RIO DE JANEIRO, Aug. 31 (Xinhua) -- The Brazilian Senate voted on Wednesday to strip Dilma Rousseff of the presidency by 61 votes in favor to 20 votes against.
This means Rousseff is immediately and permanently removed from her role and Michel Temer, who assumed the interim presidency after Rousseff was suspended in May, will become president until the end of this term in 2018.
Rousseff was found guilty of seeking to hide public budget deficits through fiscal irregularities, such as delaying loan payments to public banks and ordering additional loans without congressional approval.
In a separate vote, however, Rousseff escaped being suspended from public office for eight years. A two-thirds majority was needed to suspend her, but she escaped with 42 votes in favor, 36 against, and three abstentions.
Michel Temer, the interim president of the Brazilian Democratic Movement Party (PMDB), was officially sworn in as president at the Senate on Wednesday afternoon. He will serve in the role until the end of the current term in 2018.
He has recorded an address, which will be broadcast live on television across Brazil on Wednesday evening. Immediately after the swearing-in ceremony, Temer will fly to China, where he will participate in a G-20 Summit, to be held in Hangzhou on Sept. 4-5.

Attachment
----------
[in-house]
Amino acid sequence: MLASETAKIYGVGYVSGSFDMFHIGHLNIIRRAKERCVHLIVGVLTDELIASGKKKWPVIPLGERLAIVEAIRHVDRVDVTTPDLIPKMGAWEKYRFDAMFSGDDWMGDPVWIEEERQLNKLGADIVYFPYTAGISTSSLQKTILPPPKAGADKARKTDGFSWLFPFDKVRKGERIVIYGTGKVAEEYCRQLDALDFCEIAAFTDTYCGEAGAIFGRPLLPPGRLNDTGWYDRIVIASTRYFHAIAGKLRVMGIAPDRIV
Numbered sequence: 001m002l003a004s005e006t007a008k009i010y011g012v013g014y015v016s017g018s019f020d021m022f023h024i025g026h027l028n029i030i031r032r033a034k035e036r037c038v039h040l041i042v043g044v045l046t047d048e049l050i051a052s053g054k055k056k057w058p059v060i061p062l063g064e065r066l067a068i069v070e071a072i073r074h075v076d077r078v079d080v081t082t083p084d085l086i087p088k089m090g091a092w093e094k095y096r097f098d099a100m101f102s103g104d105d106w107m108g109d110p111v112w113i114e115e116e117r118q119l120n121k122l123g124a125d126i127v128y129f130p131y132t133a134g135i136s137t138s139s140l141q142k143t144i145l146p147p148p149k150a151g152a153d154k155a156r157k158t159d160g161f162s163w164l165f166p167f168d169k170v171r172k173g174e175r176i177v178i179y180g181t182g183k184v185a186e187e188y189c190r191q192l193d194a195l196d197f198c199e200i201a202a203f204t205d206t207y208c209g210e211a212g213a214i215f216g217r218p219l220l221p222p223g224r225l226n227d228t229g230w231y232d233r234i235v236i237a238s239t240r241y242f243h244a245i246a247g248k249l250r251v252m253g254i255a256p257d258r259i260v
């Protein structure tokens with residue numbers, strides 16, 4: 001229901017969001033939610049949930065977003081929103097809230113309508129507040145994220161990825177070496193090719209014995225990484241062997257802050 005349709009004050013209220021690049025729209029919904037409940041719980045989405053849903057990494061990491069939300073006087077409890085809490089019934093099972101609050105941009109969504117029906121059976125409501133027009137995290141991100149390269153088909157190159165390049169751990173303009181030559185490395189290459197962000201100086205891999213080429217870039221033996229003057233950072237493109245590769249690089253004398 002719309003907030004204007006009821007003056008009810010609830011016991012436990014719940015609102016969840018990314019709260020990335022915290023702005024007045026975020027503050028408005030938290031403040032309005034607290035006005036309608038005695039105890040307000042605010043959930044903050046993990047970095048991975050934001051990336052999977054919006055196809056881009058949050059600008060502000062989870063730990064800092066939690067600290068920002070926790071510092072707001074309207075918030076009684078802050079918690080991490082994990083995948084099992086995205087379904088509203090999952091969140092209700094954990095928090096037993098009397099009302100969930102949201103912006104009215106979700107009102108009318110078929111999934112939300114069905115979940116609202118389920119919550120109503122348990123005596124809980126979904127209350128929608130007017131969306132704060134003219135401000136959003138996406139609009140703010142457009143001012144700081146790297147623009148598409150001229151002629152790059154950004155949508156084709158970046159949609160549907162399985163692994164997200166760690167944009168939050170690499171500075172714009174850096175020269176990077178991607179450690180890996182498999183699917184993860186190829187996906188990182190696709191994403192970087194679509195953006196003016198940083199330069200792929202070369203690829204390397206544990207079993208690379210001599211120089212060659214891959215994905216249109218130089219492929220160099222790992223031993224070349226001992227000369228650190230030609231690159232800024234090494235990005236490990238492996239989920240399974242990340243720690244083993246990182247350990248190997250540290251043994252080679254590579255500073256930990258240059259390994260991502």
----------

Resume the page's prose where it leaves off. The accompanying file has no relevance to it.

Shortly after the vote, reactions quickly began pouring in. Brazil's Central Union of Workers (CUT), a stalwart Rousseff ally behind many of the protests in her favor, was indignant. In a statement, it said Dilma had faced "a coup" and predicted that unions and workers' associations would unite against any attempt to "strip them of their rights."
"This is not a simple change of mandate but the usurpation of Brazil's destiny by a wing of the political class, the judiciary and the press that desire power at any cost," said CUT president, Vagner Freitas.
The government of Ecuador released a statement, in which it condemned "the political events in Brazil...which have deposed from her position the constitutional President Dilma Rousseff."
Quito rejected "the flagrant subversion of the democratic order in Brazil, which can be considered an underhanded coup d'etat."
On Tuesday, Bolivia's President Evo Morales wrote on Twitter that he would recall his country's ambassador to Brazil, if Rousseff was impeached.